Download the report: Mental Health And Our Changing Climate: Impacts, Inequities, Responses, 2021 Edition

Featured Climate Stories Hub

The Thomson Reuters Foundation maintains the website portal: “Communicating climate change”Contributed articles include:

Additional Recommended Reading

The World’s Most Eco-Friendly Countries (and What They’re Doing Right), Newsweek
The top spots in most of these rankings, which are produced by academic centers, think tanks and other institutions, tend to be taken by European countries such as Denmark, Sweden, Germany, Norway, Luxembourg, Finland and Austria.

Ribbon cutting scheduled for Norfolk Community Solar

Nebraska Public Power District News Release

Columbus, Neb. – Nebraska Public Power District (NPPD) and the City of Norfolk will be celebrating the completion of the state’s largest solar facility with a ribbon cutting, June 22. The public is welcome to attend the ribbon cutting for the Norfolk Community Solar facility, which is scheduled to begin at 10:00 a.m. The ribbon cutting will take place at the solar facility on South 49th Street on the west side of Norfolk, and will include representatives from NPPD, the City of Norfolk, N Solar, the Nebraska Department of Environment and Energy (NDEE), and the Nebraska Environmental Trust (NET). Continue reading here.

More Nebraska News

IPCC Outlines Opportunities For Action In Rural Communities To Address Climate Change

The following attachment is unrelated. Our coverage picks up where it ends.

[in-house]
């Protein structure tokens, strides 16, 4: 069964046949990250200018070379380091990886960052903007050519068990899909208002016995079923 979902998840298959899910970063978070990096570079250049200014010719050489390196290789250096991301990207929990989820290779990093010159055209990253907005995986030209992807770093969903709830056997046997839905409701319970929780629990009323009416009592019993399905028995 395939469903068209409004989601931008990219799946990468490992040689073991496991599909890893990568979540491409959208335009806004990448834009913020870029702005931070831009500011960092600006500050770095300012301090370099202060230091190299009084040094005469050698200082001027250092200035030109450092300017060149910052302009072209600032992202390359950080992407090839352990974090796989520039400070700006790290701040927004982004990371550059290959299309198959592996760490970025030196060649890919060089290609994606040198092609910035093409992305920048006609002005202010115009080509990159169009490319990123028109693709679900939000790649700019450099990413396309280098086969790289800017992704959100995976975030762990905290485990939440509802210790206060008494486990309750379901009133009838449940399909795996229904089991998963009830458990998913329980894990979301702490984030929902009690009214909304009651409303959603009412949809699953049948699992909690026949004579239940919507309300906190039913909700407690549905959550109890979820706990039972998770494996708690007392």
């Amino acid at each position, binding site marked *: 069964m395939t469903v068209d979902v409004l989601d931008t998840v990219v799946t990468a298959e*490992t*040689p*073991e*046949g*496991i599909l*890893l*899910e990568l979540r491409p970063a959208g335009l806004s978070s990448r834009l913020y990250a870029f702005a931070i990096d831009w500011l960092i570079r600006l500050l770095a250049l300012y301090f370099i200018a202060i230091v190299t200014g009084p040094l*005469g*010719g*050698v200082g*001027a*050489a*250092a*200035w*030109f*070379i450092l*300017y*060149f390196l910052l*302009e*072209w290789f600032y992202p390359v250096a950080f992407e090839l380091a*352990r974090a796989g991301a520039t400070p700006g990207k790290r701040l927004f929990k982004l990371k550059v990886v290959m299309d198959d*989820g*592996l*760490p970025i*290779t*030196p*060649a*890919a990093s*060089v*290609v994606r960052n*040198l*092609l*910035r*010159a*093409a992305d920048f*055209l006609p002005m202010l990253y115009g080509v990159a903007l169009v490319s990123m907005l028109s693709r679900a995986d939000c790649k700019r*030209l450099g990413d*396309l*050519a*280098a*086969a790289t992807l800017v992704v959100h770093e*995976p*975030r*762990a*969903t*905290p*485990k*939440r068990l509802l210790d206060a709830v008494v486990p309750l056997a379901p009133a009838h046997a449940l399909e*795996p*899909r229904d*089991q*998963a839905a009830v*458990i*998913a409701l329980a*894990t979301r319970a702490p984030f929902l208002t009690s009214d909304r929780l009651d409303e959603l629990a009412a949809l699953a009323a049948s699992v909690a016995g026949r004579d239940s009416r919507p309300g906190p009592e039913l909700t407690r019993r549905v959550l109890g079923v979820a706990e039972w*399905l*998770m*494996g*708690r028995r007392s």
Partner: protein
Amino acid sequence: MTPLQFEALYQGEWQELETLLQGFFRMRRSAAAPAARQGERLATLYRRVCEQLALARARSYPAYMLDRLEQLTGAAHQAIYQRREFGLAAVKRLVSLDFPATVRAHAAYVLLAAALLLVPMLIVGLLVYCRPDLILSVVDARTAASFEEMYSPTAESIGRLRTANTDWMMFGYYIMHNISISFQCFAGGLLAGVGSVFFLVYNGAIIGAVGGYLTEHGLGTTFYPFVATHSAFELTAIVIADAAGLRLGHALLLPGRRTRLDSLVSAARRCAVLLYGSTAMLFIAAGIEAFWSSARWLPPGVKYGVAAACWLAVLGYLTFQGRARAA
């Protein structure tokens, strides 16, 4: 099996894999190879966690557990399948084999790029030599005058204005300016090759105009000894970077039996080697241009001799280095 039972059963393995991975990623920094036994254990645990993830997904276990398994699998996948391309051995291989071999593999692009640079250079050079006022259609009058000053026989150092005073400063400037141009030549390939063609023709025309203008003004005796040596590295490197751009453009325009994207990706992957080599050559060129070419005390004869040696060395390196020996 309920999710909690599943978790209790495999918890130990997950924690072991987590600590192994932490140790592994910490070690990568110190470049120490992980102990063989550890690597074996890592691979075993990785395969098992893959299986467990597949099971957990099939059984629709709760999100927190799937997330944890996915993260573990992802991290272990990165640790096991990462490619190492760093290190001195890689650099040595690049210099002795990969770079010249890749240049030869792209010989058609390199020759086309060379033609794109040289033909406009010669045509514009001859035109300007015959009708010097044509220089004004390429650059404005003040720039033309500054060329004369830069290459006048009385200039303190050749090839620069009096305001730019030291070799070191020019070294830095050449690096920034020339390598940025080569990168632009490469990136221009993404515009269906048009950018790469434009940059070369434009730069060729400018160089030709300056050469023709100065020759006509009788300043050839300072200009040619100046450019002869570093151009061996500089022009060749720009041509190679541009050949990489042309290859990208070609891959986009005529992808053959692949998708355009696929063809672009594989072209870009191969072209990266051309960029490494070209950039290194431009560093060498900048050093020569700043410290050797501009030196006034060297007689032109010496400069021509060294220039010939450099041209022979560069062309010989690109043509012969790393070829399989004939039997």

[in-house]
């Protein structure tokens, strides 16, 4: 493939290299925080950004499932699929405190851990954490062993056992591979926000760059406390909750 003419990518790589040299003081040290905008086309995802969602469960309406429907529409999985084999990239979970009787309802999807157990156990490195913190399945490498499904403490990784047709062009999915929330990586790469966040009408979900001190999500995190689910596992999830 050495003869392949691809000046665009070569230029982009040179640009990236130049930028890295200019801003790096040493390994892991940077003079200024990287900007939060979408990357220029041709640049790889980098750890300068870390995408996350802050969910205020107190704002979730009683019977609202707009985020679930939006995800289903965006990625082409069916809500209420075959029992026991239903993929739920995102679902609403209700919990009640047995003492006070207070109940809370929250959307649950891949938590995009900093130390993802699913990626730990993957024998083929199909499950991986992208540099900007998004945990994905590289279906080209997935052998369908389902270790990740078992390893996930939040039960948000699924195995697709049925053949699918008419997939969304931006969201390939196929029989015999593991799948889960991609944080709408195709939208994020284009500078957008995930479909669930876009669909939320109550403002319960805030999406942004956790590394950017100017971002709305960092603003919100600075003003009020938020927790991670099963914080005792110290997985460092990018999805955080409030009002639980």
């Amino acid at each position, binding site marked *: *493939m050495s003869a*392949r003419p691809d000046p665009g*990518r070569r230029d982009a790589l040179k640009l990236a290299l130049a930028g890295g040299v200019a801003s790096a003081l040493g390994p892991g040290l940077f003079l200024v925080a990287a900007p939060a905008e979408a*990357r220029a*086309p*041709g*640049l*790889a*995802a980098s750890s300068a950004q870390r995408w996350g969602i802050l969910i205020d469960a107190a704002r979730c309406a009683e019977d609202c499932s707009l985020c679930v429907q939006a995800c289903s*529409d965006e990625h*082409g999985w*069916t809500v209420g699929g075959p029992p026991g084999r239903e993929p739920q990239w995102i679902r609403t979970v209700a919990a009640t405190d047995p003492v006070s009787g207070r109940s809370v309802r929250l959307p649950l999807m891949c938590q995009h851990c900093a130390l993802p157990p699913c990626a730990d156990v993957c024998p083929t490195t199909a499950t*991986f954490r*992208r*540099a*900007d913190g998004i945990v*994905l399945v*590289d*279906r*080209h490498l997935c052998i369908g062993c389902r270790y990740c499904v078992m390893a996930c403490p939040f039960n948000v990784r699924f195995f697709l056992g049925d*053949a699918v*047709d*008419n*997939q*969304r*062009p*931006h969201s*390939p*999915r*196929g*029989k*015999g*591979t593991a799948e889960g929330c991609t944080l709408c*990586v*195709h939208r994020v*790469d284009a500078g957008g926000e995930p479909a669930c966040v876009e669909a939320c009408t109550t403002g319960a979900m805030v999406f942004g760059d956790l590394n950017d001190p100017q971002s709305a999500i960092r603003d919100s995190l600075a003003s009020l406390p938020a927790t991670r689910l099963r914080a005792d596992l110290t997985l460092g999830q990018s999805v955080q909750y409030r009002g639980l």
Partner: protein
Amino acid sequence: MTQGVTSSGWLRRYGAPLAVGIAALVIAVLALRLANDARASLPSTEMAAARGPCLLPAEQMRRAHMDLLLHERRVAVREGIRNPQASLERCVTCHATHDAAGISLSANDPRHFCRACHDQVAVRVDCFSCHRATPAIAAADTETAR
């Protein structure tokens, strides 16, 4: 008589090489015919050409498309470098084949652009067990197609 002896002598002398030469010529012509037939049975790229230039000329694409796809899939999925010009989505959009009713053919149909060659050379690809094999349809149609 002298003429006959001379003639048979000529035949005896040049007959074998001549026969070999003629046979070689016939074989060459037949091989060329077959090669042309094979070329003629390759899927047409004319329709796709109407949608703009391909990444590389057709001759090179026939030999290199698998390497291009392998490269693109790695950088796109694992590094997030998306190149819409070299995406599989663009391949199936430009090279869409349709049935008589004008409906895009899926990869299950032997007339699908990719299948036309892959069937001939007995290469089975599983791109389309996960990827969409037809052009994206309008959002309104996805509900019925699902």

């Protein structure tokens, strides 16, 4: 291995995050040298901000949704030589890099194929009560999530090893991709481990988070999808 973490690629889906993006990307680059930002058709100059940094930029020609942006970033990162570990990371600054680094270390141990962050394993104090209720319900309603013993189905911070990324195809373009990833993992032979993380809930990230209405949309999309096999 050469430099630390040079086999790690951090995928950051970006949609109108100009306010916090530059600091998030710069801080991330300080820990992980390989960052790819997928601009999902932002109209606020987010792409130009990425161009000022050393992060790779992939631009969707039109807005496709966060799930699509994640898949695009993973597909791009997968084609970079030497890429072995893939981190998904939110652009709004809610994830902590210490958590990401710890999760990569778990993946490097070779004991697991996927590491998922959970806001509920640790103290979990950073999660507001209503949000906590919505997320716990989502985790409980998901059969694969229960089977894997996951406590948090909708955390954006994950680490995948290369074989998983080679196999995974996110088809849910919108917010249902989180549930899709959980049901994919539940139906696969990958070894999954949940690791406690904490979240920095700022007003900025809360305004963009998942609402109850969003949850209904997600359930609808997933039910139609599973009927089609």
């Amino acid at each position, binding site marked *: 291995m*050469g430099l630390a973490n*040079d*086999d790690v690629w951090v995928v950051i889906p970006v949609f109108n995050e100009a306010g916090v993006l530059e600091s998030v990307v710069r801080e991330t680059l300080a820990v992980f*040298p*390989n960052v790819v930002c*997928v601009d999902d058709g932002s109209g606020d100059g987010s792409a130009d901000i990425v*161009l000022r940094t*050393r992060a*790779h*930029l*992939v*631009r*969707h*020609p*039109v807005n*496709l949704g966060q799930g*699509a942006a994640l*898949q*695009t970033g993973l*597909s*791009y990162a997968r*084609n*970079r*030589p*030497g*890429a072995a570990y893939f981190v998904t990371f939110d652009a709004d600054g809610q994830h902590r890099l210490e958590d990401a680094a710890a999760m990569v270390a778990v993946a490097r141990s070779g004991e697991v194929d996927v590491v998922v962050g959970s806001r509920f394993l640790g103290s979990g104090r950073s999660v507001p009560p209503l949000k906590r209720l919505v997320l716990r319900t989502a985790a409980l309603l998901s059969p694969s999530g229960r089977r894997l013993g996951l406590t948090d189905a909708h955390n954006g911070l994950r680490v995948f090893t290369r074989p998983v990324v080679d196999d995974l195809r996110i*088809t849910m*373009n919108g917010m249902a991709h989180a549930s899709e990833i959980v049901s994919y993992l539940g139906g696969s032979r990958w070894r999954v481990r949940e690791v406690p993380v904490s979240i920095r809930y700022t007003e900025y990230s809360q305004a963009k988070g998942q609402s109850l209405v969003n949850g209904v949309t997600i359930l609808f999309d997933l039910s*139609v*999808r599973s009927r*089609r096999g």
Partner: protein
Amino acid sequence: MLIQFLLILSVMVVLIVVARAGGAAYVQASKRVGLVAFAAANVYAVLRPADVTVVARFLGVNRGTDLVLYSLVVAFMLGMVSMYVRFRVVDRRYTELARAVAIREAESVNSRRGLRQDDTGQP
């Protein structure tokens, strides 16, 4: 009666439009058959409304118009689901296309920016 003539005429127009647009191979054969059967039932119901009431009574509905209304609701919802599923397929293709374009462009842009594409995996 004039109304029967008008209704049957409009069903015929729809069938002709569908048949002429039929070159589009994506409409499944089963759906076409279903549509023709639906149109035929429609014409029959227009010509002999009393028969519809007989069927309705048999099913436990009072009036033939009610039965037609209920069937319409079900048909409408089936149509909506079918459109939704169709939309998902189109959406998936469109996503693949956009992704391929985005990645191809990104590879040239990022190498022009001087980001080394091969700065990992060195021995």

By Nick Summers, Center for Rural Affairs

A recent report issued by the Intergovernmental Panel on Climate Change (IPCC) reaffirms the importance of climate action in rural communities, calling on those communities to adapt to and mitigate climate impacts to preserve their own prosperity and protect food and energy security globally. The report takes a comprehensive look at the specific vulnerabilities of systems and communities and identifies pathways for adaptation and mitigation. Continue reading here.

Related Blog Posts

More CFRA Resources

Initiatives Shaping Workforce To Better Serve Customers As We ‘Power The Future’

OPPD News Release, May 19, 2022

Omaha Public Power District is working to develop our strategic vision of Powering the Future to 2050, with a number of strategic initiatives helping to lay the path forward. During their monthly board meeting this evening, the OPPD Board of Directors received an update on two of them – Workplace Transformation and Technology Platform.

These and other initiatives underway take into account dynamic trends and issues that continue to shape the future of the electricity industry, including carbon emissions and climate change, emerging sources of competition, the future role of electricity markets, smart technology, evolving customer desires and more.

This week, OPPD management provided directors with an update on the utility’s Power with Purpose project to add up to 600 megawatts (MW) of utility-scale solar and natural gas generation. The increased generation capacity will help maintain long-term reliability and resiliency of the system.

Board members are considering making revisions to Strategic Directive 11: Economic Development. A redlined document is available for public viewing at OPPDCommunityConnect.com. We welcome feedback on the proposed changes. Comments will be accepted through June 12. The board will consider all input received prior to voting on any amendments, which they expect to do at their next regular monthly meeting on June 16.